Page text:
The Time Traveler’s Wife | Audrey Niffenegger

Technically, this novel is something I read nearly a decade ago, but it’s always worth inclusion. Audrey Niffenegger’s debut novel is just as romantic as its movie version, but Henry DeTamble’s miraculous-yet-tragic habit of traveling through time against his will is told in stream-of-consciousness prose full of brainy sarcasm that breaks up the soft and serious with gritty humor. Be prepared for the whiplash of frequent switches of time and location (including a brief stop in a barn in Muncie, Indiana, in 1973) and perspectives between Henry and Clare. I started reading it on a 13-hour flight to Tokyo, and distinctly remember finishing it at 5 a.m. in a tiny apartment in Sapporo, laying in bed savoring my emotions before re-reading the first chapter.

How to Be an Antiracist | Ibram X. Kendi

Another book that’s recently found its way onto my “recommend whenever possible” list (yes, I have one of those constantly updating in my head) is Ibram X. Kendi’s “How to Be an Antiracist.” Arguably one of the best-selling books last summer, at one point it was either sold out or backordered on Amazon, Barnes & Noble and Is it great for white people who want to be better advocates for racial justice? Yes. Is it valuable for Black, Indigenous and People of Color (BIPOC) too? Also yes. Kendi’s background as a professor and historian shines through, though the book educates without you realizing it, much more smoothly and conversationally than a textbook or lecture. It’s a good jumping-off point if you’ve been wanting to learn more about systemic racism but aren’t sure where to start (or want to help someone else get there).


Firefly Lane | Kristin Hannah

It was nearly a week before I could get “The Nightingale” out of my mind after finishing it, so needless to say, “Firefly Lane” has some high expectations. Picked up a copy once I saw a trailer for the Netflix adaptation — and as you’ve probably guessed, I’ll be waiting to watch the show. (No spoilers, please!)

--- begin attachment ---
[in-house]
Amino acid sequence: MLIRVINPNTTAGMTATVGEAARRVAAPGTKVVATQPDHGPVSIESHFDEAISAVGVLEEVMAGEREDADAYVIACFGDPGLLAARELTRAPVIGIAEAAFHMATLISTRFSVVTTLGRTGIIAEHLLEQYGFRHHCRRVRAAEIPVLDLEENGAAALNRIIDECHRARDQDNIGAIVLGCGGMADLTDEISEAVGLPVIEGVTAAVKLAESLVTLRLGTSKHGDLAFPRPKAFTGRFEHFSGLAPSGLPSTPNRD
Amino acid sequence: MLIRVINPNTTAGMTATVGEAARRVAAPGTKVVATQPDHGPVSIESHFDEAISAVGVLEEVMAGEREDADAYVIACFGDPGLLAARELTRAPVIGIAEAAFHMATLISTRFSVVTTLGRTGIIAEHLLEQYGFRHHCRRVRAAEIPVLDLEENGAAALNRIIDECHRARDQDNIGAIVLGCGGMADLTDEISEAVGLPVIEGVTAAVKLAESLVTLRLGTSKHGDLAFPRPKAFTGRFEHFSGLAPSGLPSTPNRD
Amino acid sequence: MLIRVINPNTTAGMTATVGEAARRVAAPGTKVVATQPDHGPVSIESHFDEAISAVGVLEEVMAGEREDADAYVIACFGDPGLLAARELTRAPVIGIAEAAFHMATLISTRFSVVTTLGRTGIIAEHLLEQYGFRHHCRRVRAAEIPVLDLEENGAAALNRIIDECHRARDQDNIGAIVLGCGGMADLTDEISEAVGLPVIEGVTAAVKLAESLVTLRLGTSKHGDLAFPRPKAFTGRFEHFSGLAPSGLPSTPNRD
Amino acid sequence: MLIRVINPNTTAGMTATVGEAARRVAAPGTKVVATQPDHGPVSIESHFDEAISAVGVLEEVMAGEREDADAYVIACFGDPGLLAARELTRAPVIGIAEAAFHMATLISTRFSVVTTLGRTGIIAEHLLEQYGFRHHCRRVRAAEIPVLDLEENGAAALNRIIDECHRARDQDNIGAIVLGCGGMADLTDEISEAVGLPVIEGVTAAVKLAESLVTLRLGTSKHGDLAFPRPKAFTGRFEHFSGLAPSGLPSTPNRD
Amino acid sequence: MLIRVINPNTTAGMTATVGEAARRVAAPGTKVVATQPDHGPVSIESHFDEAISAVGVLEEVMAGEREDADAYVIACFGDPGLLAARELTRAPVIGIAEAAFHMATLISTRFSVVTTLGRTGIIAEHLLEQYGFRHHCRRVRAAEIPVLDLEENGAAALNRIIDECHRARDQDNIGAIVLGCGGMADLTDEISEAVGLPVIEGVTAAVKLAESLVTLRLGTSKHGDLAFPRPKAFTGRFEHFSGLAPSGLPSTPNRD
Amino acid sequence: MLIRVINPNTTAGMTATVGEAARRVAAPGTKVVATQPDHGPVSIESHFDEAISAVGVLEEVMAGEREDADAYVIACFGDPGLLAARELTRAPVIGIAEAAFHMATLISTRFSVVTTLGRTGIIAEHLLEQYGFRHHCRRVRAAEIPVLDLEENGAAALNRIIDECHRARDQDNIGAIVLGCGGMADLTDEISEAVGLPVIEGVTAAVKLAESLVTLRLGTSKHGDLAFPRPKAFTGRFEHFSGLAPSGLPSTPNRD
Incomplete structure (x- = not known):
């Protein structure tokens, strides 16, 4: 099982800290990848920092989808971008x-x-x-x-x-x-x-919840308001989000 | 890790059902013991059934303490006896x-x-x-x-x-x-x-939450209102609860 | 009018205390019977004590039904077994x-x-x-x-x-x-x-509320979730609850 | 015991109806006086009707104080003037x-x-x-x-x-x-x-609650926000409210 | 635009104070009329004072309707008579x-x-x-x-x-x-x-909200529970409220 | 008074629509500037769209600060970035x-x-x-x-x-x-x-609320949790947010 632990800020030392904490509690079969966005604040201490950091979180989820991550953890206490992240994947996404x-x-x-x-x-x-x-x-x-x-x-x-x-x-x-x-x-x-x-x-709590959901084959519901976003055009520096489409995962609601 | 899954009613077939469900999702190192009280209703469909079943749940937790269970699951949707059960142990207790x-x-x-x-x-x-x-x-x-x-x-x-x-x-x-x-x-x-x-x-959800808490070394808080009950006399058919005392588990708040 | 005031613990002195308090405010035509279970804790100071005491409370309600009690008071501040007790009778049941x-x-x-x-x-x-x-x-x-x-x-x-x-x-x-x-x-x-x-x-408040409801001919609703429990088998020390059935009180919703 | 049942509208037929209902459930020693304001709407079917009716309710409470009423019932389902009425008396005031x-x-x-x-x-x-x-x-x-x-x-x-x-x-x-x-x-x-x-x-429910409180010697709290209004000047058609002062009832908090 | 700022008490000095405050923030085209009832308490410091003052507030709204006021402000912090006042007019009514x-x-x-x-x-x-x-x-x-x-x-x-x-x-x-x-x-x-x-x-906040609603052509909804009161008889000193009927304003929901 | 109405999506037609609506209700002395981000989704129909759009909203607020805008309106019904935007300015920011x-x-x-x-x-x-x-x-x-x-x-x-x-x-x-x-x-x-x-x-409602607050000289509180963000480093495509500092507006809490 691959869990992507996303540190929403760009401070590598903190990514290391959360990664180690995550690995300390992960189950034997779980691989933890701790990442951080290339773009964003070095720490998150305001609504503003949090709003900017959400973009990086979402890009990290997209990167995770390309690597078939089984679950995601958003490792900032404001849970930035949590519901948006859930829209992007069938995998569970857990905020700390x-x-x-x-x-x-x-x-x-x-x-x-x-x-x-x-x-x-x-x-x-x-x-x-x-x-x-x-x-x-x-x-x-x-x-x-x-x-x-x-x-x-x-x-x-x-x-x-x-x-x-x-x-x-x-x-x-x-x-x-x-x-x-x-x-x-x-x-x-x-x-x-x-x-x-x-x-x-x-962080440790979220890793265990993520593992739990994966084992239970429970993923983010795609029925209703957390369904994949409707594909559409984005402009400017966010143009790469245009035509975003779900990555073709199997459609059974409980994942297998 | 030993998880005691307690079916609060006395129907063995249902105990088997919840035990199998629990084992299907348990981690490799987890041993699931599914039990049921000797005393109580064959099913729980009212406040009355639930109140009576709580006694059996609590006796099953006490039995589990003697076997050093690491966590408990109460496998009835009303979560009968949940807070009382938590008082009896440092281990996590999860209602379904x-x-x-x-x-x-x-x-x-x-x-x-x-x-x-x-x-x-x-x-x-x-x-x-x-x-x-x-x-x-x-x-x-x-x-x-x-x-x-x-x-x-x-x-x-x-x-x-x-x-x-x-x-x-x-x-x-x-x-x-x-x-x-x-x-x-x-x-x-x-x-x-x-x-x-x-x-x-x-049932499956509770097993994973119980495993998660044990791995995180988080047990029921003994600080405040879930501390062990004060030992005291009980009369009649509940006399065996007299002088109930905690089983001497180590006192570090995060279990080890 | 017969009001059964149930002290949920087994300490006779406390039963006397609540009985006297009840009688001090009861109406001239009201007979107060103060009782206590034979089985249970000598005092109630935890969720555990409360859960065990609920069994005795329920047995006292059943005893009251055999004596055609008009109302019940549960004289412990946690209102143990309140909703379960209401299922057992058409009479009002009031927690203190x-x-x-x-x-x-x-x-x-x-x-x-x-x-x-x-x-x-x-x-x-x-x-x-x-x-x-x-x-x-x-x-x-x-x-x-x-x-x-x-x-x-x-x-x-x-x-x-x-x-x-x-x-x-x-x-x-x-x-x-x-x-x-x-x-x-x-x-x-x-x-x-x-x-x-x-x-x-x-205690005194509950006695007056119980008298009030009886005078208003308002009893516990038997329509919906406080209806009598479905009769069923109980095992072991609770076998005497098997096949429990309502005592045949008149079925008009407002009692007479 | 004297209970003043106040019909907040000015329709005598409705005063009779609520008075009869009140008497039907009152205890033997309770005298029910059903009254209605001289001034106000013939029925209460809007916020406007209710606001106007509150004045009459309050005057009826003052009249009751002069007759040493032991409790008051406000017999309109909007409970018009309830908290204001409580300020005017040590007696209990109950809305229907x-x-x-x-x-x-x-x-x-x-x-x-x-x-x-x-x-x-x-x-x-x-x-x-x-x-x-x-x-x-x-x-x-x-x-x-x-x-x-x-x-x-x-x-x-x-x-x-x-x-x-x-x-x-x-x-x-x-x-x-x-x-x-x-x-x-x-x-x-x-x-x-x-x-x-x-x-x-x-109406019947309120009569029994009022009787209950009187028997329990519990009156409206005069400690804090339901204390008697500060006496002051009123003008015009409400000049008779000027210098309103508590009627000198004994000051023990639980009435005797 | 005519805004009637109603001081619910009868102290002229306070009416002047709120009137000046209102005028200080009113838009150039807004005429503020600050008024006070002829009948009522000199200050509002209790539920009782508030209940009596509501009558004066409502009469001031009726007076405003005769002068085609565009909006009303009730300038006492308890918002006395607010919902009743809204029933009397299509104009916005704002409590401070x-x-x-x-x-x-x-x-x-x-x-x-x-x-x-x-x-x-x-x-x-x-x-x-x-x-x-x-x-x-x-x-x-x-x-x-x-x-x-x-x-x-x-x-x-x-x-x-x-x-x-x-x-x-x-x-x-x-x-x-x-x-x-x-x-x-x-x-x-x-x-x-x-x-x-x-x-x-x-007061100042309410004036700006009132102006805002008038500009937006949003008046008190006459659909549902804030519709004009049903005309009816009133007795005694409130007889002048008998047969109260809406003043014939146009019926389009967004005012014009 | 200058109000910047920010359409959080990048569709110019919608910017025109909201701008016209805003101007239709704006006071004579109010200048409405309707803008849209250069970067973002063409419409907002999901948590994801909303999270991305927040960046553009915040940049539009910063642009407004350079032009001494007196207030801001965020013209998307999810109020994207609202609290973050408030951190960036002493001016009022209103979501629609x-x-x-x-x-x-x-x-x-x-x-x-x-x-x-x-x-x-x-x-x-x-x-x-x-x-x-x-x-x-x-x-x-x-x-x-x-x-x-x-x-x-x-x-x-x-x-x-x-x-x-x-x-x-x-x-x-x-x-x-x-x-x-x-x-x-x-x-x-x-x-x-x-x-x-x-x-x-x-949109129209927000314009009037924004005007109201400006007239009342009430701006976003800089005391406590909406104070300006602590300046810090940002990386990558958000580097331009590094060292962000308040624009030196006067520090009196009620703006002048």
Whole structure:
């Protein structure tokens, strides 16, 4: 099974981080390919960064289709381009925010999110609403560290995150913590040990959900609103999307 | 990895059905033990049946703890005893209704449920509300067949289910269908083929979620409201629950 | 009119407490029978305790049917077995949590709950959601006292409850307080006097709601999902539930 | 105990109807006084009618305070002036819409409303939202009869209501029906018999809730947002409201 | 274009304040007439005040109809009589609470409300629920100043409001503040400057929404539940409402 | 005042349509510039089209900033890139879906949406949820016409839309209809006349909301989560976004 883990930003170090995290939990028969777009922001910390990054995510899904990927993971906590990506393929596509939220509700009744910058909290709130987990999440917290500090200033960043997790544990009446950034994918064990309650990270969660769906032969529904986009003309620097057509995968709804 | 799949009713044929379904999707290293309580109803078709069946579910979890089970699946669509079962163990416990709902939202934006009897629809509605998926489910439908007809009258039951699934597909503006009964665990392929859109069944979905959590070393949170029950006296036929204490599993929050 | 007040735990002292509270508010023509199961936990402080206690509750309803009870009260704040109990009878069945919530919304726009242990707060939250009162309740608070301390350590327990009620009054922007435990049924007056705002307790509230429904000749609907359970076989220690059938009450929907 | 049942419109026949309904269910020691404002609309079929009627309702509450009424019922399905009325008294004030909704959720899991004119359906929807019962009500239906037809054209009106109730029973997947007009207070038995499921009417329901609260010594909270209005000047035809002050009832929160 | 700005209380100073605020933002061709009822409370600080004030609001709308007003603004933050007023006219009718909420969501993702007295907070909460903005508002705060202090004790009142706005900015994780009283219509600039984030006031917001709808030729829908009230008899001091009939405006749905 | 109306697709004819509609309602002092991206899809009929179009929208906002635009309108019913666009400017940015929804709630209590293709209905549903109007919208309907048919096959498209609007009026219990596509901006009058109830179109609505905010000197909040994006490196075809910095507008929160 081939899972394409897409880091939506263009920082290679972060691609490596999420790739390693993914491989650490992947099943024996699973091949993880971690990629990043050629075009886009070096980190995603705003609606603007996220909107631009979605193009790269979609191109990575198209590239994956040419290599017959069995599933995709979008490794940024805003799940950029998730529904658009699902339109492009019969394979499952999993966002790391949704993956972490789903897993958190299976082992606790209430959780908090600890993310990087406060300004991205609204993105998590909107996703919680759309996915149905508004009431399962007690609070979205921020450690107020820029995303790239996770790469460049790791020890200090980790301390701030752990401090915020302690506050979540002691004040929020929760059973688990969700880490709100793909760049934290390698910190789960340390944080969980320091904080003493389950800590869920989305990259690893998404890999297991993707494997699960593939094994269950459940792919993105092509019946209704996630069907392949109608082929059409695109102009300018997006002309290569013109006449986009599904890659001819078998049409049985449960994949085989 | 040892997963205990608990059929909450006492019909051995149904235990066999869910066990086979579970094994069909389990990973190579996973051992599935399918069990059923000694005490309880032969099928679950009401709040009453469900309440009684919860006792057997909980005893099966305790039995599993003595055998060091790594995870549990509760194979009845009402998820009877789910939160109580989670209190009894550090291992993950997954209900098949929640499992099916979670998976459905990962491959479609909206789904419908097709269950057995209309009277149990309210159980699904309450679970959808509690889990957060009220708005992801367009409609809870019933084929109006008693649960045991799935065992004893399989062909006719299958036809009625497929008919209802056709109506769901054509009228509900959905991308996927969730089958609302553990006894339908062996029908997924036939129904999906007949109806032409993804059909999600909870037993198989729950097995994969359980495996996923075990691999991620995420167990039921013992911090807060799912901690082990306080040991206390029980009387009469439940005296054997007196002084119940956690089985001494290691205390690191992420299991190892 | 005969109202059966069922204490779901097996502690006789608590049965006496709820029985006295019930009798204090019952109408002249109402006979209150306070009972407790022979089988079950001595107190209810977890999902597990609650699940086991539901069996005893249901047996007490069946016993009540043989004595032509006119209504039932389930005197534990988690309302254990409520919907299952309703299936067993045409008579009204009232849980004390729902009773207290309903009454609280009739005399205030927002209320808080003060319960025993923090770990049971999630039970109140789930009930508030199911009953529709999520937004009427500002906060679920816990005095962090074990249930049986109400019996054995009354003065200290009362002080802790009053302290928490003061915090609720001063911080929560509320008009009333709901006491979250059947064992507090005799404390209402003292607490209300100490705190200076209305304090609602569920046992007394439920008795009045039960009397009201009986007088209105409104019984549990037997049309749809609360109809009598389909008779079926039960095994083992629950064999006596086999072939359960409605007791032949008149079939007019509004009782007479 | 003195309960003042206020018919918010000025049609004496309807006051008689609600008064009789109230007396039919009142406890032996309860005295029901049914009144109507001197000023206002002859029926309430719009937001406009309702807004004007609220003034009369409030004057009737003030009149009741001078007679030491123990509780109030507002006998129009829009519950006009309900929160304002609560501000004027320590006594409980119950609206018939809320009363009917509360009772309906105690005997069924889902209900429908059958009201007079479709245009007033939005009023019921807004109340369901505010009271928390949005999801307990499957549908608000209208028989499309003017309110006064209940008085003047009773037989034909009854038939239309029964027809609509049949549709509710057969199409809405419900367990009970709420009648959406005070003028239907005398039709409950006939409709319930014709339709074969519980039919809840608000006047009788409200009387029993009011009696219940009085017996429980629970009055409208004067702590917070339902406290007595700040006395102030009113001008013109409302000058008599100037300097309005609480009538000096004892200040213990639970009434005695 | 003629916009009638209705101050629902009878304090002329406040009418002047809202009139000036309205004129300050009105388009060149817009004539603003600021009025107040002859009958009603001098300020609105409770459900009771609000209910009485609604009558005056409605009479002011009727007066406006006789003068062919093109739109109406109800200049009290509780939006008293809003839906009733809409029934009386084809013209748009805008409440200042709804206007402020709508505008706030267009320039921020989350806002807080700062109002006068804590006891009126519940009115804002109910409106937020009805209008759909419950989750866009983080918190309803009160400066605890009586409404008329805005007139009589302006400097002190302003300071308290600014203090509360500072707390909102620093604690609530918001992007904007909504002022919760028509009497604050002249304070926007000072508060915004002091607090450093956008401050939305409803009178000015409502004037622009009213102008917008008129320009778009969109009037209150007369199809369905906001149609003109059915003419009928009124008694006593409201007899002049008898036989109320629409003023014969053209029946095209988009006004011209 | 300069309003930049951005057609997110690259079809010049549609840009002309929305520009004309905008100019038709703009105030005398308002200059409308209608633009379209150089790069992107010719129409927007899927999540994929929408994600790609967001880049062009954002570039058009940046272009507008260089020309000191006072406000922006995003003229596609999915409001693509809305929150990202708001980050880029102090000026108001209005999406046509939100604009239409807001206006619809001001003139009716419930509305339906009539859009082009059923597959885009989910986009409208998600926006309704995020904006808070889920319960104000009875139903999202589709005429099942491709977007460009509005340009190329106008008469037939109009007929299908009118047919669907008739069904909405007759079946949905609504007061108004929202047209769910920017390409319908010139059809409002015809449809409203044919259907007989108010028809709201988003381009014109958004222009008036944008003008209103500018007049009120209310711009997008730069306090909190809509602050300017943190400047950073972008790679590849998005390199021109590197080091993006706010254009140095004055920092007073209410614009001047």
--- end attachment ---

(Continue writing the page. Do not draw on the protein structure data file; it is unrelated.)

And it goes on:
The Invisible Life of Addie LaRue | V. E. Schwab

Kudos to my husband for surprising me with this one for Christmas! Have heard great things from friends and acquaintances who read it in 2020, and if the reviews I’ve seen comparing it to “The Time Traveler’s Wife” have any merit, I’m in for a treat.

Clanlands | Sam Heughan and Graham McTavish

If you couldn’t tell by the above photo, I’m an Outlander fan. (Currently halfway through “Voyager” but all caught up on the TV series.) After having to cancel a summer trip to Scotland and Ireland, you can bet I’ll be sitting in front of my TV on Sunday for the premiere of “Clanlands,” a virtual tour of Scotland led by two of the show’s stars — followed up by starting the show’s companion book.

All Creatures Great and Small | James Herriot

Another book I’ve been introduced to via a TV show (yay, PBS Masterpiece!). Can’t wait to plant myself in the warm, pleasant English countryside — even if just for an afternoon.

Alexander Hamilton | Ron Chernow

This one has been on my book bucket list ever since I crossed seeing “Hamilton” live off my theatre bucket list back in December 2019. I mean, why not spend these cold days curled up with the 800-plus pages of material that inspired Lin-Manuel Miranda to pen one of the most famous musicals in recent history?

Share your upcoming reads or favorite recommendations in the comments!